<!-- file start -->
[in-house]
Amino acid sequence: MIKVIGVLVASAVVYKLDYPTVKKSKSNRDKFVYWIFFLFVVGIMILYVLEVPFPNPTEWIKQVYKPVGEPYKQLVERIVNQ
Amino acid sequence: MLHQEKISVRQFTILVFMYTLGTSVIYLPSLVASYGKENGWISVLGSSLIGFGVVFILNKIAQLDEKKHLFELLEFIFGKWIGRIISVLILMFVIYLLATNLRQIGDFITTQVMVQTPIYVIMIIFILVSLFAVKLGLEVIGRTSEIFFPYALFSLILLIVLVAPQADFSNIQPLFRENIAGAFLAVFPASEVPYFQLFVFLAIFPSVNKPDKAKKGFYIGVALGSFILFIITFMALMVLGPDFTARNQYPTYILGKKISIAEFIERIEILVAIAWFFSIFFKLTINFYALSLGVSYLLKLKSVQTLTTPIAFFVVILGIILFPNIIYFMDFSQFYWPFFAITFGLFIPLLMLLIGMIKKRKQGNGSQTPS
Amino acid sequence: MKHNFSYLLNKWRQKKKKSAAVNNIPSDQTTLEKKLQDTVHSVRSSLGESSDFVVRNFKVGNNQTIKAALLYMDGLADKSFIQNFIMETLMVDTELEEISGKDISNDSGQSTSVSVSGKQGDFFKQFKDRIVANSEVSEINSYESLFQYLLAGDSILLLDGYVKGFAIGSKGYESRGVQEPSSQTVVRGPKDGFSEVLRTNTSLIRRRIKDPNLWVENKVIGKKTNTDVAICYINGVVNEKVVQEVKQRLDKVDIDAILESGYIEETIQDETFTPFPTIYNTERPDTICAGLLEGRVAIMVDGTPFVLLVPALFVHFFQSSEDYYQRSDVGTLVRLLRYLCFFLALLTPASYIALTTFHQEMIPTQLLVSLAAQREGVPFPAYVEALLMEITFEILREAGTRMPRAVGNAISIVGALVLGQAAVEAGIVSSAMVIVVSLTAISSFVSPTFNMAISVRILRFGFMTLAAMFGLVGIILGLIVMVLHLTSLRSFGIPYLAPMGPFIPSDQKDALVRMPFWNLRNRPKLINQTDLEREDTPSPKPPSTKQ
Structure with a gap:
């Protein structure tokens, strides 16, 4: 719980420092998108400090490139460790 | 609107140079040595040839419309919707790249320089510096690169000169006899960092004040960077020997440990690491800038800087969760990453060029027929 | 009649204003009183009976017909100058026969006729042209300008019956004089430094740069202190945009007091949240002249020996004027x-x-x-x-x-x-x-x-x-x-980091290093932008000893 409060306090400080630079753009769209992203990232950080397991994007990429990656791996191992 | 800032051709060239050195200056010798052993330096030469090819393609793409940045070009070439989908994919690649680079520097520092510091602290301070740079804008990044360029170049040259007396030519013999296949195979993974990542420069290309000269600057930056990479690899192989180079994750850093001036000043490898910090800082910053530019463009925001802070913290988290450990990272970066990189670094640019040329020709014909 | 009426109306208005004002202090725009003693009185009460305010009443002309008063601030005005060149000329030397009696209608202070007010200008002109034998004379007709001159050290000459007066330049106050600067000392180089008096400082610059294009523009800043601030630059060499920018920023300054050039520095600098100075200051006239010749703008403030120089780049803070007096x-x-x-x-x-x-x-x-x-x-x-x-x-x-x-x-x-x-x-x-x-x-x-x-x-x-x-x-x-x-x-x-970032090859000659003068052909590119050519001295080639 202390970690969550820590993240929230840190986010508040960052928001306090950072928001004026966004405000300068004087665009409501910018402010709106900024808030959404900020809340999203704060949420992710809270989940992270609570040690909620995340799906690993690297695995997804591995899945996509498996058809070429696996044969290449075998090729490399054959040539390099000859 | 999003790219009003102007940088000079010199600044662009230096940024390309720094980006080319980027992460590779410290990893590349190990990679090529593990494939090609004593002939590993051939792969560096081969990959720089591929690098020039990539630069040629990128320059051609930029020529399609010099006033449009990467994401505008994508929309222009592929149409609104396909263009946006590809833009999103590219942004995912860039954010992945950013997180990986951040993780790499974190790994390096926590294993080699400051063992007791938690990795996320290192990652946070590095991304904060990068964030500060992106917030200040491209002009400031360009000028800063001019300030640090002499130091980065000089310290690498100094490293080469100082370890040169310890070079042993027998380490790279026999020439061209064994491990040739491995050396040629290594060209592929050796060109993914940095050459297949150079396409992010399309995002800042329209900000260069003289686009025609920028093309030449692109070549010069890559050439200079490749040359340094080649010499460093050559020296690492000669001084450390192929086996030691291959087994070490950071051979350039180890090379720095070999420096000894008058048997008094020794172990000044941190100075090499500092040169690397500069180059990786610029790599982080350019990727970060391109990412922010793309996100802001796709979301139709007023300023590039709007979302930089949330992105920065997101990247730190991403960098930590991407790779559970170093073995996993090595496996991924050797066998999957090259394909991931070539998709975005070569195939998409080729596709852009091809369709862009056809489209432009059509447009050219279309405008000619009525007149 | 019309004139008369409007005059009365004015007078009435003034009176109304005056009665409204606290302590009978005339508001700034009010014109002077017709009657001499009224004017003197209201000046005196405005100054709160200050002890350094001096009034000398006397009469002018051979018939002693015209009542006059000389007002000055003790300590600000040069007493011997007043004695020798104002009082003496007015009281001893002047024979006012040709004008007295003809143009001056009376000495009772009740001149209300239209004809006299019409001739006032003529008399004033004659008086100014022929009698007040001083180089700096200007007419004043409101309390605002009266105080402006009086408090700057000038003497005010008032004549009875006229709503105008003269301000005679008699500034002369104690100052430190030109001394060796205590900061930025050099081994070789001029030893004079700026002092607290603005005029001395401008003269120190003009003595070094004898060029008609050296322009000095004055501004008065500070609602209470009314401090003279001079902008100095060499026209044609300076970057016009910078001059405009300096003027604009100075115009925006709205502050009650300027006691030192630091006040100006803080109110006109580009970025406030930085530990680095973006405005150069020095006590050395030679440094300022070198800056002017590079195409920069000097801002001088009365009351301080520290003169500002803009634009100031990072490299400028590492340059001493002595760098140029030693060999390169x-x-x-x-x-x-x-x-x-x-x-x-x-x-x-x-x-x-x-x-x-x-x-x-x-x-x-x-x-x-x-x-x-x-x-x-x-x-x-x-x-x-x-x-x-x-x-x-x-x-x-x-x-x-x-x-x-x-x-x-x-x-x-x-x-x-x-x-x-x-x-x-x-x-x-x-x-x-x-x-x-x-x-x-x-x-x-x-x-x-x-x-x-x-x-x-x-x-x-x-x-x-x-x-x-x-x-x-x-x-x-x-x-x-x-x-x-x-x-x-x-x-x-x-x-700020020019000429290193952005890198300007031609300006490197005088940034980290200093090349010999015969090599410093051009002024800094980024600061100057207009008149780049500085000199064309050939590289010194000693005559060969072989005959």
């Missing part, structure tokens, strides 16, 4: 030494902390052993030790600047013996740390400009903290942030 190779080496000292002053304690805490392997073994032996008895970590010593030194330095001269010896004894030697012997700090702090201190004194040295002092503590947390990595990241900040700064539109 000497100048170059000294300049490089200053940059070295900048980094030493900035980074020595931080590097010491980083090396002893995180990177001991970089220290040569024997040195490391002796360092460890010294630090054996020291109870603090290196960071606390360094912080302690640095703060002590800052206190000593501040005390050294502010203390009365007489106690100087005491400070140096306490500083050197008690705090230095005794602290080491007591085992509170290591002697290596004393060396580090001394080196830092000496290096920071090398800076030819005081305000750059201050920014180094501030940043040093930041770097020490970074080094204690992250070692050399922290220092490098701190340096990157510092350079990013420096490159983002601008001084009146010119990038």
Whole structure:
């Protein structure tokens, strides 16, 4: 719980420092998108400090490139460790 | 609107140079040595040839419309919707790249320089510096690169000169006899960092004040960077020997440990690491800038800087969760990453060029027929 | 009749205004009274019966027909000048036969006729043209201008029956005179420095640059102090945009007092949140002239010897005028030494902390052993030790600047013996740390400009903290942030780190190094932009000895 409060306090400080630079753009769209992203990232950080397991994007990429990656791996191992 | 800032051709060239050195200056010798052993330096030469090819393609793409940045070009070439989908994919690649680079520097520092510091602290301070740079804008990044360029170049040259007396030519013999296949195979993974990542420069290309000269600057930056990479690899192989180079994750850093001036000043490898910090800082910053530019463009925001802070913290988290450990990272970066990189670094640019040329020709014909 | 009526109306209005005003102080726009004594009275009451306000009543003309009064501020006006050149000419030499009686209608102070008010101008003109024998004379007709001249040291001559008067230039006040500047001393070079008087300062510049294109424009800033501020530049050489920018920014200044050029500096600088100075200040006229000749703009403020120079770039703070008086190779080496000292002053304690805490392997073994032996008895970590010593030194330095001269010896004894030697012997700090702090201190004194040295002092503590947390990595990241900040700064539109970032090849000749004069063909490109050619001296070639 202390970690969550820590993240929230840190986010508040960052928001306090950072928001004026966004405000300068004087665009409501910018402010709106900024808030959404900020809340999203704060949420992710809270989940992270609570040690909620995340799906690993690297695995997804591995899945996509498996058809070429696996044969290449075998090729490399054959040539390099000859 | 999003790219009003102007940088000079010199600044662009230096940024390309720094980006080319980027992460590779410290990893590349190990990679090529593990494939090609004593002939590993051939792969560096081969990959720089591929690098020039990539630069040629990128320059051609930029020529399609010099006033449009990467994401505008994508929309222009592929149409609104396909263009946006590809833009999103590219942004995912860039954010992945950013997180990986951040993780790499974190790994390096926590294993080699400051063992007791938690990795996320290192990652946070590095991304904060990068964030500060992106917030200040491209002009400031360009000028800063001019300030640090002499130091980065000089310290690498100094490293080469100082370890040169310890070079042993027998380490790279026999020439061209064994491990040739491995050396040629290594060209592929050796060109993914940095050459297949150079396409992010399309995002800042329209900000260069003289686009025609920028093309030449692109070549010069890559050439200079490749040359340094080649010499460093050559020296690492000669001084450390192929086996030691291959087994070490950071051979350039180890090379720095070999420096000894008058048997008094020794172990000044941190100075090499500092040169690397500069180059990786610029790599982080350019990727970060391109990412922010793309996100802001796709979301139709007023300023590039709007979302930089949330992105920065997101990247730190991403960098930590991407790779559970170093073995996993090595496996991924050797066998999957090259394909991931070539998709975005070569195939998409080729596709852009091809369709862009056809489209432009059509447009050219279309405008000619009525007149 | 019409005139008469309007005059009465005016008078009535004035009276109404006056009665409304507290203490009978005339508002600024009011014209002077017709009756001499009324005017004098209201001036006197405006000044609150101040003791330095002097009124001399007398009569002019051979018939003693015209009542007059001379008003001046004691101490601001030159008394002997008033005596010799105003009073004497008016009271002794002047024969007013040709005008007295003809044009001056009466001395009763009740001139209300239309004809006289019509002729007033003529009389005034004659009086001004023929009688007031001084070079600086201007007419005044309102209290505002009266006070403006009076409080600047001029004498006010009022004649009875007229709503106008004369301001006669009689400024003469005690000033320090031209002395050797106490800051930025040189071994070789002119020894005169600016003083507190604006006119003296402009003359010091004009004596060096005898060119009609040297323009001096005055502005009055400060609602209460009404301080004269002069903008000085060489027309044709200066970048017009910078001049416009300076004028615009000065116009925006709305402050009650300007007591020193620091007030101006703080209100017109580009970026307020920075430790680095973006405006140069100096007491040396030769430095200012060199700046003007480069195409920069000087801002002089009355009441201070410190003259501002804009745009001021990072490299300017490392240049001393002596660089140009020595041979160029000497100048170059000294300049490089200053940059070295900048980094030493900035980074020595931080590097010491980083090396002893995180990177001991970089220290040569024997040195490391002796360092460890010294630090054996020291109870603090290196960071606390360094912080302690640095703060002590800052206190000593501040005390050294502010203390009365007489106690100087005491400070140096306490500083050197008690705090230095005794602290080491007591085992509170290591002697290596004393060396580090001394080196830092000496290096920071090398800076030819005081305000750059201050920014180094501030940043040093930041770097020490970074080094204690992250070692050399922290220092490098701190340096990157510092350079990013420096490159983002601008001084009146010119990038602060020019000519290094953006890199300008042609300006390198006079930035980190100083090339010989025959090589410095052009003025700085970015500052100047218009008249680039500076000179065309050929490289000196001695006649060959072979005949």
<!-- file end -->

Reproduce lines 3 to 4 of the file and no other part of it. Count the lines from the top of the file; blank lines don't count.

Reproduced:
Amino acid sequence: MLHQEKISVRQFTILVFMYTLGTSVIYLPSLVASYGKENGWISVLGSSLIGFGVVFILNKIAQLDEKKHLFELLEFIFGKWIGRIISVLILMFVIYLLATNLRQIGDFITTQVMVQTPIYVIMIIFILVSLFAVKLGLEVIGRTSEIFFPYALFSLILLIVLVAPQADFSNIQPLFRENIAGAFLAVFPASEVPYFQLFVFLAIFPSVNKPDKAKKGFYIGVALGSFILFIITFMALMVLGPDFTARNQYPTYILGKKISIAEFIERIEILVAIAWFFSIFFKLTINFYALSLGVSYLLKLKSVQTLTTPIAFFVVILGIILFPNIIYFMDFSQFYWPFFAITFGLFIPLLMLLIGMIKKRKQGNGSQTPS
Amino acid sequence: MKHNFSYLLNKWRQKKKKSAAVNNIPSDQTTLEKKLQDTVHSVRSSLGESSDFVVRNFKVGNNQTIKAALLYMDGLADKSFIQNFIMETLMVDTELEEISGKDISNDSGQSTSVSVSGKQGDFFKQFKDRIVANSEVSEINSYESLFQYLLAGDSILLLDGYVKGFAIGSKGYESRGVQEPSSQTVVRGPKDGFSEVLRTNTSLIRRRIKDPNLWVENKVIGKKTNTDVAICYINGVVNEKVVQEVKQRLDKVDIDAILESGYIEETIQDETFTPFPTIYNTERPDTICAGLLEGRVAIMVDGTPFVLLVPALFVHFFQSSEDYYQRSDVGTLVRLLRYLCFFLALLTPASYIALTTFHQEMIPTQLLVSLAAQREGVPFPAYVEALLMEITFEILREAGTRMPRAVGNAISIVGALVLGQAAVEAGIVSSAMVIVVSLTAISSFVSPTFNMAISVRILRFGFMTLAAMFGLVGIILGLIVMVLHLTSLRSFGIPYLAPMGPFIPSDQKDALVRMPFWNLRNRPKLINQTDLEREDTPSPKPPSTKQ